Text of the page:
Nature Notes, Autumn Bearsville

Autumn Bearsville, Bearsville Center Nature Notes, October, 2023


I think we’ve seen the last Hummingbirds and Monarchs (what relatively few there were) for the season, with a few northern stragglers of both wafting through. Other autumns they’ve stayed longer but I understand - why bother with such fleeting sunshine and warmth?

Many of us feel the same about now. Another, less-noticed migrator - Dragonflies - are still here, though in fast-dwindling numbers. Very interesting creatures, with a strange beauty - fast and fierce insect predators. The last - and largest ones - Green Darters, will probably leave Bearsville shortly, some to migrate, some to encyst in wetlands ‘til next Spring.

Good luck to all of our seasonal animal visitors in their epochal travels south. It really is amazing to think how far, and what obstacles and challenges they face. In the coming season, as we walk through our dour winter marshes, meadows and woods, let’s remember their colorful summer avian and insect inhabitants, all gathered together in some warm, sunny clime. Maybe as we do so, they, in turn, are dreaming of our/their ancestral warm and sunny summer meadows in the north. Of our once-full Cricket Chorus, only a few Crickets remain as they ever-so-slowly wind down their season.


Perhaps the most surprising of local migrations is that of plant and tree as they - each in their own way - hunker down for the season ahead. Yes, virtually all of these leafy beings devote as much of their energy, planning and time to preparing for the coming of winter as the animals do. Only their preparation, their “migration” (more subtle and initially hidden) is vertical, not lateral, as they gradually move their precious life-blood, their sap down into their root-systems, safely under the freeze-line, not to be brought back up into bole, branch and twig until the light and temperature signals of spring.

The forest is “brilliant”, not just in its coloration, but in its planning for this because it waits to bring its sap down until it has laid a new layer of insulating leaves onto the ground above to also break down over the winter into more soil to nurture itself. In addition, by removing leaves and sap from branches, the branches are much less vulnerable to breaking and freezing in wild winter weather. Very efficient adaptations. That’s how all beings survive in nature - through adaptation. I submit that modern humans have a lot to learn from this - as all native peoples already know.

What it All Means

Though I love Fall, the passing of Summer is bittersweet. No more days of endless light. No more Dragonflies, Fireflies, Hummingbirds and Monarchs. No more cacophony of bird and cricket chorus. The time is past when we were inundated, overwhelmed even, with every life-form - overhead, in our face and underfoot - aptly symbolized by the very thickness of humid Summer air.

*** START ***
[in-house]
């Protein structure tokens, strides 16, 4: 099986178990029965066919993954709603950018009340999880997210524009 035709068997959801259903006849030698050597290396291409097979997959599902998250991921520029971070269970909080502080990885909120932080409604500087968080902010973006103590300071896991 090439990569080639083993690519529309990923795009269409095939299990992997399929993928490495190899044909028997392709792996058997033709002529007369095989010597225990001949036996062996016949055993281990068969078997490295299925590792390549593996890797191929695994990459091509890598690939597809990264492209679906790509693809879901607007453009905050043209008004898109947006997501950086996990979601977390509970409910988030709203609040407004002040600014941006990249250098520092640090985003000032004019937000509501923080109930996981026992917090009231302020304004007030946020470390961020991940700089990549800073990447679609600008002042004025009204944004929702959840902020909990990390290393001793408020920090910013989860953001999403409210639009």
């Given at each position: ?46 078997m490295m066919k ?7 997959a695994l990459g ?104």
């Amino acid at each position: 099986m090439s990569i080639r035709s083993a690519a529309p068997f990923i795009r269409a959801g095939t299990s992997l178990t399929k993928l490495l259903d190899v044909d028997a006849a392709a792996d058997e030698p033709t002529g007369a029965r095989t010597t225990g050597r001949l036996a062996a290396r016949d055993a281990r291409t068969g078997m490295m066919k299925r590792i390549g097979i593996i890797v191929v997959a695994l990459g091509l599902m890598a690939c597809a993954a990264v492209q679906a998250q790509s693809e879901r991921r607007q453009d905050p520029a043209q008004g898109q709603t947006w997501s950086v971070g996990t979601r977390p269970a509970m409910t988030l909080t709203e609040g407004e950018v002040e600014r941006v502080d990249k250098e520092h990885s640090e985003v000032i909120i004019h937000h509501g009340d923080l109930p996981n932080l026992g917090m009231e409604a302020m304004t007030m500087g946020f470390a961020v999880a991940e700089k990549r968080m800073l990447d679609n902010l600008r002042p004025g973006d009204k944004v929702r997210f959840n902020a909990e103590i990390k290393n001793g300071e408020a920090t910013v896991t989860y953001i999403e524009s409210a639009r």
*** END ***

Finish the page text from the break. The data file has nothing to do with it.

No more sandals, shorts and tank-tops and even then feeling overdressed. But that’s the great thing about the four seasons - one barely gets a chance to get tired of one season before another comes along. I’ll adapt - I always do. I put my straw hat away and broke out my heavier Stetson and it feels good already, same as getting used to keeping a jacket or vest handy. Still, this is such a dynamic, transitional time here that it is best to dress in layers - even October can be warm.

The Great Wheel of the Year is turning, friends, and the seasons roll on. As I’ve mentioned, there is so much - both good and bad - going on in our world - locally and world-wide - that sometimes it feels like its all hard to keep up with. Part of this, of course, may be that we are all constantly flooded with information - perhaps too much so. Yet I believe that we all have to persist in our drive to be informed, to do the right things, to work hard to fix what is broken and to forge ahead to improve the world for ourselves, our kids, our grandchildren and those yet to come. After all - it’s up to us to make the world a better place - nobody is going to do it for us - and I believe we can. Thank you all. Please have an enjoyable and safe Fall.

Leaves Leaving

Just in time for the leaves to turn on our mixed hardwood forest, I’ve finished the second - and final - loop of our Nature Trail. I’m justifiably proud of it and I know you will all like it, as it winds through our Bearsville Center forest of huge White Pine Wolf-trees, remnants of Bearsvilles farming past, our glorious Pollinator Pathway meadow (readying itself for winter) and over to our wonderful grove of Sycamore trees.

Without leaves it is easy to see the Center’s many neighbors, as it will be easier for them to see us, as well, so please be considerate. As the season progresses, and it seems like life is disappearing from around us, I will try to point out how much life still surrounds us here in the eastern Woodstock Valley, but is not always apparent.

Thank you. Take Care, “Ranger” Dave Holden